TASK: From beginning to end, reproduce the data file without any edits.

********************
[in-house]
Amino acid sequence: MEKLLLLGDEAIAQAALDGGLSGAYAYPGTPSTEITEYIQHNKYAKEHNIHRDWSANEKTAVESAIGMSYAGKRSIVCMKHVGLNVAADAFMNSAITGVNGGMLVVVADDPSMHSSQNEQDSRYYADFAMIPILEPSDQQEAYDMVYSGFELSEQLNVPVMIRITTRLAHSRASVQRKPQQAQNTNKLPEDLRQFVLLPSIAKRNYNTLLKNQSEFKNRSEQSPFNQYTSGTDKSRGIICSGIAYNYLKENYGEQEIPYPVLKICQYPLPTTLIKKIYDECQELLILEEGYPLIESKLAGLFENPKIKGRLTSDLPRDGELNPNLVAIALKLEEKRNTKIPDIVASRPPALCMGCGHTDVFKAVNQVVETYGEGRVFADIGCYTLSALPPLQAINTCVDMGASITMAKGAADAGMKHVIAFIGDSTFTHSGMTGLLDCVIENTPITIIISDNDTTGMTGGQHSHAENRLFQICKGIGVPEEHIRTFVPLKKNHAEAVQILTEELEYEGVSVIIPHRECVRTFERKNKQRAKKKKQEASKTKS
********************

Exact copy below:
[in-house]
Amino acid sequence: MEKLLLLGDEAIAQAALDGGLSGAYAYPGTPSTEITEYIQHNKYAKEHNIHRDWSANEKTAVESAIGMSYAGKRSIVCMKHVGLNVAADAFMNSAITGVNGGMLVVVADDPSMHSSQNEQDSRYYADFAMIPILEPSDQQEAYDMVYSGFELSEQLNVPVMIRITTRLAHSRASVQRKPQQAQNTNKLPEDLRQFVLLPSIAKRNYNTLLKNQSEFKNRSEQSPFNQYTSGTDKSRGIICSGIAYNYLKENYGEQEIPYPVLKICQYPLPTTLIKKIYDECQELLILEEGYPLIESKLAGLFENPKIKGRLTSDLPRDGELNPNLVAIALKLEEKRNTKIPDIVASRPPALCMGCGHTDVFKAVNQVVETYGEGRVFADIGCYTLSALPPLQAINTCVDMGASITMAKGAADAGMKHVIAFIGDSTFTHSGMTGLLDCVIENTPITIIISDNDTTGMTGGQHSHAENRLFQICKGIGVPEEHIRTFVPLKKNHAEAVQILTEELEYEGVSVIIPHRECVRTFERKNKQRAKKKKQEASKTKS